Penicillin allergy occurs when your immune system responds to the drug as if it were a harmful substance instead of a helpful remedy. Your immune system triggers certain cells to produce immunoglobulin E (IgE) antibodies to fight the component of penicillin to which you're allergic (allergen). Chemicals released by your immune cells can cause the signs and symptoms associated with an allergic reaction. Exactly why this happens isn't clear.

Penicillin belongs to a family of drugs called beta-lactam antibiotics. These drugs include penicillin and amoxicillin, which are relatively inexpensive and effective at treating many common bacterial infections. Such infections include skin, ear, sinus and upper respiratory infections.

Taken orally or injected, penicillin works by stopping the growth of bacteria in your body. Several varieties of penicillin exist, and each targets a different infection in a different part of your body. You may have heard of some of the other drugs in the penicillin family, including:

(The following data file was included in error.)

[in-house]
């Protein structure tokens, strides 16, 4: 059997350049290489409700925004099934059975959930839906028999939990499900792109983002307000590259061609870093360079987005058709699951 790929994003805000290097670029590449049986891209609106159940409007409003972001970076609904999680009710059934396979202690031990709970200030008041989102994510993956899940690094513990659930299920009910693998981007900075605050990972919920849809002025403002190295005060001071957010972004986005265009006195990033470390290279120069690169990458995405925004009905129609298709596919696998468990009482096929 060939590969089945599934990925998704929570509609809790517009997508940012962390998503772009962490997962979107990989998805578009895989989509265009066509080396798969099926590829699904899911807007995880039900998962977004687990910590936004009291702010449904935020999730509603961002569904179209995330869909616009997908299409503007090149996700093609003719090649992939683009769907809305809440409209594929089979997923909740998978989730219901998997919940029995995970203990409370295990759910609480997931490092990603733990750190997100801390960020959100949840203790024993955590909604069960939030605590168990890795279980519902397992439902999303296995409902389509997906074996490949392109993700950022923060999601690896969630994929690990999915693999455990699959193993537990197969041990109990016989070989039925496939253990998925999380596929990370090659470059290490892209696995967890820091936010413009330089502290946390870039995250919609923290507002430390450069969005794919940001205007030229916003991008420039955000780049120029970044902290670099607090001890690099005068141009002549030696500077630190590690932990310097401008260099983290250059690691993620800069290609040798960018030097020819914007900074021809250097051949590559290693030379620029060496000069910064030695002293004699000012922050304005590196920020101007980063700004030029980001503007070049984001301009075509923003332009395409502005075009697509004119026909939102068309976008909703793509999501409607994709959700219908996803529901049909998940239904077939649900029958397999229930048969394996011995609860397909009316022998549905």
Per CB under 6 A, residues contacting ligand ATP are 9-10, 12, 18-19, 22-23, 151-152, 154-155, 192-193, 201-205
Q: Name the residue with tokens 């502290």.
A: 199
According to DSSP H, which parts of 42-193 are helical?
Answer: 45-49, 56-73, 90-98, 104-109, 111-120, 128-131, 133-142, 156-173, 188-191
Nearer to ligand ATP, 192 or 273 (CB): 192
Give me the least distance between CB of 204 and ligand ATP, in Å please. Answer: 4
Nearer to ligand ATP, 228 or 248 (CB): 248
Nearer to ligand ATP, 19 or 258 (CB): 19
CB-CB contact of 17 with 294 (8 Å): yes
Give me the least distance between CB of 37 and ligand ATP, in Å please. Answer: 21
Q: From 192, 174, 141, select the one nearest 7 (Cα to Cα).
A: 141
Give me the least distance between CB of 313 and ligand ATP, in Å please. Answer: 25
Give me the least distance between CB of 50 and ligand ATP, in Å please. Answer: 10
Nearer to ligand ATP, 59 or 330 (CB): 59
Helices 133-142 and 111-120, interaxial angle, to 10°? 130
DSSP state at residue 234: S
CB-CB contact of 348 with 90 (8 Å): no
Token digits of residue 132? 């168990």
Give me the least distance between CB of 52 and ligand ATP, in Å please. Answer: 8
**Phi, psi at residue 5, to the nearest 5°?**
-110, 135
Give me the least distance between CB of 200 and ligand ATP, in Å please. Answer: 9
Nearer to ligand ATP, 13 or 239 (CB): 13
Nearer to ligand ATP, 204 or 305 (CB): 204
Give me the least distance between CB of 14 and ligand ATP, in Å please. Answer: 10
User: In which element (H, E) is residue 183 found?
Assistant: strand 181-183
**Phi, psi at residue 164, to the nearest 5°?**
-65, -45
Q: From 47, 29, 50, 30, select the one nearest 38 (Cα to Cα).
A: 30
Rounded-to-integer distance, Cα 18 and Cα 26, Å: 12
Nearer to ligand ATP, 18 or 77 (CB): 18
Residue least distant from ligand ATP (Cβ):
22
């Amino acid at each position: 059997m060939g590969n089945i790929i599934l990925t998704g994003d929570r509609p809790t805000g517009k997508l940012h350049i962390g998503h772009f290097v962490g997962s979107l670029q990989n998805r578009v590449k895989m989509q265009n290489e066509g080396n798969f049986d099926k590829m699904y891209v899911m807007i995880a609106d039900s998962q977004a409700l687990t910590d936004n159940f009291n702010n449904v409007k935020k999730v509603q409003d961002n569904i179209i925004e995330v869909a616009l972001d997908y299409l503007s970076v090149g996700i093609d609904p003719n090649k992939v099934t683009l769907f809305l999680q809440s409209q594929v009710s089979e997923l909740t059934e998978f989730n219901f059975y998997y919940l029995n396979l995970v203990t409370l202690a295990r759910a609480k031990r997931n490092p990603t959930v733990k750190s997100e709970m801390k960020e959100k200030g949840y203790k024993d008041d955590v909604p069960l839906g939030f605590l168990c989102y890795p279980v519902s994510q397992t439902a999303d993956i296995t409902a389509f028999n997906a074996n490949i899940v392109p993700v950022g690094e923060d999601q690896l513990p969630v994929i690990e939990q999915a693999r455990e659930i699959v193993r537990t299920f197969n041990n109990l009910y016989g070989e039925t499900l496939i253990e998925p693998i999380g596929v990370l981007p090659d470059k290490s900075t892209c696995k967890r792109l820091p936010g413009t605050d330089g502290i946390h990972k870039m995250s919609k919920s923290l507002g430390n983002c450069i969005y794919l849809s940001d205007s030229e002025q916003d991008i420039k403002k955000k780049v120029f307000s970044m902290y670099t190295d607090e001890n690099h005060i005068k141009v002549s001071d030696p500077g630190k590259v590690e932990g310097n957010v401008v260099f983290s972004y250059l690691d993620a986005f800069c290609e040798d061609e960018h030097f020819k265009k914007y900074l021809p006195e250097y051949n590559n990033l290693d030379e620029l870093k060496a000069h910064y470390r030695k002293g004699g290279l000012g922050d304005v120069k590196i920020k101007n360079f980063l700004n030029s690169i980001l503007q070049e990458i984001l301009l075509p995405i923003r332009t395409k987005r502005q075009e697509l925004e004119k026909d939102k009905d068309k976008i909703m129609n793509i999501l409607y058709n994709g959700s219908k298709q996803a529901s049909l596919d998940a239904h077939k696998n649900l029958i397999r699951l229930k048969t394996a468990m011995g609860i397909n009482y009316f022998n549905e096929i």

• Amoxicillin
  • Ampicillin
  • Dicloxacillin
  • Oxacillin
  • Penicillin V
  • Piperacillin
  • Piperacillin and tazobactam combined (Zosyn)

If you're allergic to one type of penicillin, you're at risk of being allergic to all penicillin-related antibiotics. Some people allergic to penicillin may also be allergic to cephalosporins, a class of antibiotics related to penicillin.

Dec. 15, 2011

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